A Hailey man initially charged with felony malicious injury to property pleaded guilty Tuesday to two misdemeanor counts of that crime, following a plea agreement, for throwing away about 1,700 copies of the Idaho Mountain Express in January, costing the company thousands of dollars.

Andrew Town Conner, 39, was sentenced to 16 days in jail, to be served over eight weekends, a $1,000 fine and a year of supervised probation. In addition, Conner must complete 100 hours of community service, pay $3,097 in restitution to the newspaper and write a public letter of apology to be published in the editorial section of the Idaho Mountain Express within 90 days. According to Conner’s lawyer, Stephen Thompson, Conner was unaware that he was breaking the law when he threw away stacks of newspapers in Ketchum and Hailey because he disagreed with the views expressed in the twice-weekly publication.

“Mr. Conner re-grets this entire thing,” Thompson said. “He is a rule-of-law kind of guy.”

According to Conner, he did not believe he was committing a crime because the newspaper stands said the papers are free, and therefore he did not attribute a financial value to them. However, the newspapers are labeled, “One copy free. All others 50 cents.”

Prosecuting attorney Matt Fredback said that from the advertised price of the paper, the total loss was $840, but that the actual cost of one copy including labor and production is $1.73, meaning the actual loss was more than $2,000. But because state law requires that a charge of malicious injury to property be based on the advertised cost of the product, the prosecution amended its complaint to two misdemeanors, rather than a felony, because that calculation was less than $1,000.

Prior to sentencing, Idaho Mountain Express Publisher Pam Morris gave a statement to the court, saying the incident was more than just one action by one person, but rather part of an “emerging national antipathy toward news organizations,” which boiled over into a fatal incident in Annapolis, Md., at the Capital Gazette, where five staff members were shot to death. Morris said this antipathy has been fueled in part by a president who “alleges all news is fake news,” and that the “press is the ‘enemy of the people.’”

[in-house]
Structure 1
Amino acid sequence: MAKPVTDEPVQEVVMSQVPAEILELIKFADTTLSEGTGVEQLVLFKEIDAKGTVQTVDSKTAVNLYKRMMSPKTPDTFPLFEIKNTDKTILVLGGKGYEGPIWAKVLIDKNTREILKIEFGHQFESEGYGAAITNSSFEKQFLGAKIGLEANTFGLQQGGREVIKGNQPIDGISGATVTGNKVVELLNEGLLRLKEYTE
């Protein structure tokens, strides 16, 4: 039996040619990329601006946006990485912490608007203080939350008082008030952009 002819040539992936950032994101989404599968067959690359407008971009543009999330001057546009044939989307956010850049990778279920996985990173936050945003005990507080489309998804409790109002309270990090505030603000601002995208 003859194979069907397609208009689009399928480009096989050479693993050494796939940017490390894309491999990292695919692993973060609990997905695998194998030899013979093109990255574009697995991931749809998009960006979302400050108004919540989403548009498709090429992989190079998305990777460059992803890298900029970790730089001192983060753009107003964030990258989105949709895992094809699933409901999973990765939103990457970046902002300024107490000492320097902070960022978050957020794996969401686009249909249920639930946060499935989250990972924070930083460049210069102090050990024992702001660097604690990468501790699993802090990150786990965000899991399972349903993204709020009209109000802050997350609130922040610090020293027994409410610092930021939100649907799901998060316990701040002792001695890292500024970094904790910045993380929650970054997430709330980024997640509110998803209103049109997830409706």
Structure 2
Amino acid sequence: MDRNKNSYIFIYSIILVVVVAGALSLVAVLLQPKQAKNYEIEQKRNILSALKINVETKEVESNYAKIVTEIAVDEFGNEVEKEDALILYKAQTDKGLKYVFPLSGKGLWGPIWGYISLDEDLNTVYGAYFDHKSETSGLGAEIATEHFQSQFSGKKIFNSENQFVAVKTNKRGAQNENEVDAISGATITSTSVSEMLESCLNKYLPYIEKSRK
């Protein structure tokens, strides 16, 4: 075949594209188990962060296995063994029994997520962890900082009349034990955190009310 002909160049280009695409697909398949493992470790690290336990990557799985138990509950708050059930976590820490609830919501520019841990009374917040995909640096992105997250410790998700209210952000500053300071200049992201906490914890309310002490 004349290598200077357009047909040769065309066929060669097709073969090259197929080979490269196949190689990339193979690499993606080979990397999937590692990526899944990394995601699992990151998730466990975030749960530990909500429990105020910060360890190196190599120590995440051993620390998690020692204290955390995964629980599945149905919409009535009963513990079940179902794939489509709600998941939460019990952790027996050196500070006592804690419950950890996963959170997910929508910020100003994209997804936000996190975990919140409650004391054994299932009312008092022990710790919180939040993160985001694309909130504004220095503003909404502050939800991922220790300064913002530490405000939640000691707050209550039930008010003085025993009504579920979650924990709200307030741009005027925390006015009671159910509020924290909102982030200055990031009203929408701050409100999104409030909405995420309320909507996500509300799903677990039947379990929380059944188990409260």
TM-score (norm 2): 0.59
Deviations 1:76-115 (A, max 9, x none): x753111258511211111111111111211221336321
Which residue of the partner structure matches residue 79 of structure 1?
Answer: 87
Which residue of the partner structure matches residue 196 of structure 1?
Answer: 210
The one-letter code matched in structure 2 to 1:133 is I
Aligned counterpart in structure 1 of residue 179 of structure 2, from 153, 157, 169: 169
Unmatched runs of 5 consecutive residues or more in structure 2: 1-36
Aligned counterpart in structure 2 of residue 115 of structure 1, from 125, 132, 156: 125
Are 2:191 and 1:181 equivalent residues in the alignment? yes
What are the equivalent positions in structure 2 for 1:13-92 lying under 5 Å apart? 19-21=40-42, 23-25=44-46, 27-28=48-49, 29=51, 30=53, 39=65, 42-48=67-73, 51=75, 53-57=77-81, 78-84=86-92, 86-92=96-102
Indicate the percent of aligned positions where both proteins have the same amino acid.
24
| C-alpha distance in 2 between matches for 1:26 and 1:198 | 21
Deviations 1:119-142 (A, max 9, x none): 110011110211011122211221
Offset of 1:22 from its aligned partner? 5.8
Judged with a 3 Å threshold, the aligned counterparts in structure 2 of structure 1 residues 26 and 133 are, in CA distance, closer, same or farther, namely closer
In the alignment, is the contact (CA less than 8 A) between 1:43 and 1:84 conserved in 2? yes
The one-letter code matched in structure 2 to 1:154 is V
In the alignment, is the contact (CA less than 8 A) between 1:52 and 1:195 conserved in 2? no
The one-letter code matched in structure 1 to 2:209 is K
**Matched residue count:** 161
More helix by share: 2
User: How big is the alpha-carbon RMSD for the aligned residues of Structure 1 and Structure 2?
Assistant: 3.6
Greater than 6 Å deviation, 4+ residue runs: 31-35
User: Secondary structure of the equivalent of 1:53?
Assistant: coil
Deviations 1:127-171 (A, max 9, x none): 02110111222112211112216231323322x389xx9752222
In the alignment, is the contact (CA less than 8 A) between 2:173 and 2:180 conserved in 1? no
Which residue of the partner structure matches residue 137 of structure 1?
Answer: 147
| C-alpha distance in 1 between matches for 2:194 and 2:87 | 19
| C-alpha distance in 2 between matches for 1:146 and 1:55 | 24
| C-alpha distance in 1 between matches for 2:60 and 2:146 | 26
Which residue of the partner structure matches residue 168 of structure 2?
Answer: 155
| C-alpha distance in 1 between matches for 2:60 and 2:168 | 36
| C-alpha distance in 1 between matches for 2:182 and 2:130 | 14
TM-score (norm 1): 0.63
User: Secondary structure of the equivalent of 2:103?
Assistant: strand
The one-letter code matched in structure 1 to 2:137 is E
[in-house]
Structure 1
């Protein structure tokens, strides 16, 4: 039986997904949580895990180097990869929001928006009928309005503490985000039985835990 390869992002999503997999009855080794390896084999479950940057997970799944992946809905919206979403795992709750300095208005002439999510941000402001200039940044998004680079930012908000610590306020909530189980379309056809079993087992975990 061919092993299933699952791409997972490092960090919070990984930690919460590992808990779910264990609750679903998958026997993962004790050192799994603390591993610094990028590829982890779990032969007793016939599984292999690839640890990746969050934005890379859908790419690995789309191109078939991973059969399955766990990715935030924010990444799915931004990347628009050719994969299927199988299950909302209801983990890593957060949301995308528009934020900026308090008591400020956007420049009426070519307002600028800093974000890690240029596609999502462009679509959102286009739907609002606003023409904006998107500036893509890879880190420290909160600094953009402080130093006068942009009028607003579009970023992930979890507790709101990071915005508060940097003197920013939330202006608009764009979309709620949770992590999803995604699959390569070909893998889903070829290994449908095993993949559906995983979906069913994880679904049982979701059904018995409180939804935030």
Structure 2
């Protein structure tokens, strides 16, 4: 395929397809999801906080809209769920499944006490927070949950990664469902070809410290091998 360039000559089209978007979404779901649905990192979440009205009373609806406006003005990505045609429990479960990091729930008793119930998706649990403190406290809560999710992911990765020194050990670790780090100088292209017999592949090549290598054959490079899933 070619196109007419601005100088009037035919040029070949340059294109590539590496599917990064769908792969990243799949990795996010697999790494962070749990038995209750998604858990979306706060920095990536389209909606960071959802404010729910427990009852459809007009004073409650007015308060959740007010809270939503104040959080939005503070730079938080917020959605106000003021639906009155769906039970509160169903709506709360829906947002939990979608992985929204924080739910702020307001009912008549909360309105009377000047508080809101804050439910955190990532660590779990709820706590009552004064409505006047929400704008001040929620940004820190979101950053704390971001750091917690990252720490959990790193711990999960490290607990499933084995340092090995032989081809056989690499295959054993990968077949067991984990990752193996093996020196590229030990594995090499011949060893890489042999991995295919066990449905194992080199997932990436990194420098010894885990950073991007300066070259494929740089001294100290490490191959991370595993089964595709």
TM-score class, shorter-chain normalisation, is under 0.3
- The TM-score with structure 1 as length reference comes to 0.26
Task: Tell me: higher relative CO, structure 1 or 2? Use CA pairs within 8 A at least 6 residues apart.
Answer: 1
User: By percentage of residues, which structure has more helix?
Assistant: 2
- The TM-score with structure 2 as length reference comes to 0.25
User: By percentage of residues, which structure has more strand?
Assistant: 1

“What was destroyed was not just ink on paper,” Morris said. “Stop treading on the rights of the Constitution.”

Presiding Judge Daniel Dolan took time to internalize Morris’ statement, as well as the arguments presented by counsel, before issuing a sentence. Dolan said Conner had stolen the public’s “right to know” by throwing away hundreds of newspapers from at least half a dozen businesses in Ketchum and Hailey. More importantly, Dolan said that had there been no financial value to the newspapers, he believed Conner would have continued to throw away the publication.

“This community relies on that paper,” Dolan said, adding that Conner was exercising his own right to free speech with a vanity license plate that alludes to his political ideologies, and that his disagreement with the publication did not give him a right to stifle freedom of the press and the public’s right to information.

Police traced the crime to Conner through security video at two locations where newspapers had gone missing.